Linked Jazz- Exploring Archives Through Linked Open Data

Linked Jazz is an initiative spearheaded by Director Prof. Cristina Pattuelli at the Pratt Institute School of Library Information Science. The project is primarily based in History and Jazz fields of academia, and the objective of the project is to shed light on relationships between Jazz musicians. To do so, they utilize transcripts of interviews from musicians to sift out names of other musicians that played with or are somehow related to the musician speaking.

One of the main steps in this project was compiling these oral history transcripts. The database consisted of over 50 transcripts from the Hamilton College Jazz ArchiveRutgers Institute for Jazz Studies Archives, Smithsonian Jazz Oral Histories, UCLA’s Central Avenue Sounds Series, and the University of Michigan’s Nathaniel C. Standifer Video Archive of Oral History.

Example of an Oral History Transcript with the Linked Jazz software applied to find musicians’ names and record their relationship to the interviewee.

The project has two main deliverables from processing the database to find relationships: these are (1) a network visualization tool, and (2) the Linked Jazz 52nd Street. The network visualization tool is just like the co-retweet network for the DH community that we looked at in class last Tuesday, but the nodes are musicians and the edges are relationships. The Linked Jazz 52nd Street is a much more robust tool for users as it allows users to select a specific musician, view a particular transcript they were mentioned in or spoke in, and view relationships with other musicians just at the network visual does.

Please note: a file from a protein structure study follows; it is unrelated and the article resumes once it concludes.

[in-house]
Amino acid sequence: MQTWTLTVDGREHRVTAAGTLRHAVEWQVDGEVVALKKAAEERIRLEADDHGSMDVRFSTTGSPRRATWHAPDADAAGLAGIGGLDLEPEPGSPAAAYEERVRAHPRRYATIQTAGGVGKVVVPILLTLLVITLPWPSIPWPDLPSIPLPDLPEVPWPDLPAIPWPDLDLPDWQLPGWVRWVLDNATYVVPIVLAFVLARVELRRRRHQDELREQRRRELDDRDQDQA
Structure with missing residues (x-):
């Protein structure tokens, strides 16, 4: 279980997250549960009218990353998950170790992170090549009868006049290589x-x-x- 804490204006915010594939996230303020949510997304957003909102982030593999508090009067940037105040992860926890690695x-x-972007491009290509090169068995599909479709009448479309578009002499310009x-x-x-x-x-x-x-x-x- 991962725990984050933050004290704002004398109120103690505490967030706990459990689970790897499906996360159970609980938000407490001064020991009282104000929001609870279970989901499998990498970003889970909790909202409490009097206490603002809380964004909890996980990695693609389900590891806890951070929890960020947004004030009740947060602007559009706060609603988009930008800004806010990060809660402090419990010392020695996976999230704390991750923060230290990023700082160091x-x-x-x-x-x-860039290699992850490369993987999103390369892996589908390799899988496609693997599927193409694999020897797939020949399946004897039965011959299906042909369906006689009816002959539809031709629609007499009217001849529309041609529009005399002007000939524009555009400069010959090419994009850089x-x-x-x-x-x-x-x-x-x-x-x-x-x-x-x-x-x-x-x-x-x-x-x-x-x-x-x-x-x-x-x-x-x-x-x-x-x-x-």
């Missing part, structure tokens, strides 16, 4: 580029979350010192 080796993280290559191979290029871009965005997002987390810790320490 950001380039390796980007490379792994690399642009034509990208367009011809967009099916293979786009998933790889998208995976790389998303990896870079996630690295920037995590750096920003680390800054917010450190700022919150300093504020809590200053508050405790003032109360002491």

Linked Jazz network tool.
Linked Jazz 52nd Street tool.

While examining these tools, I became curious about the color scheme of the network visualization. The colors seem to be assigned to distinct to a musician, but this is not always the case. For example, most nodes connected to Louie Bellson are orange, but there is a purple edge connected to Oscar Peterson and blue edges connected to Dave Brubeck, Roy Haynes, and Buddy Defranco. I hypothesize these are indicators of the type of relationships, but it is not immediately obvious. The distinction of colors attract the viewers attention right away so it would make sense for there to be an clear key indicating what the colors represent.


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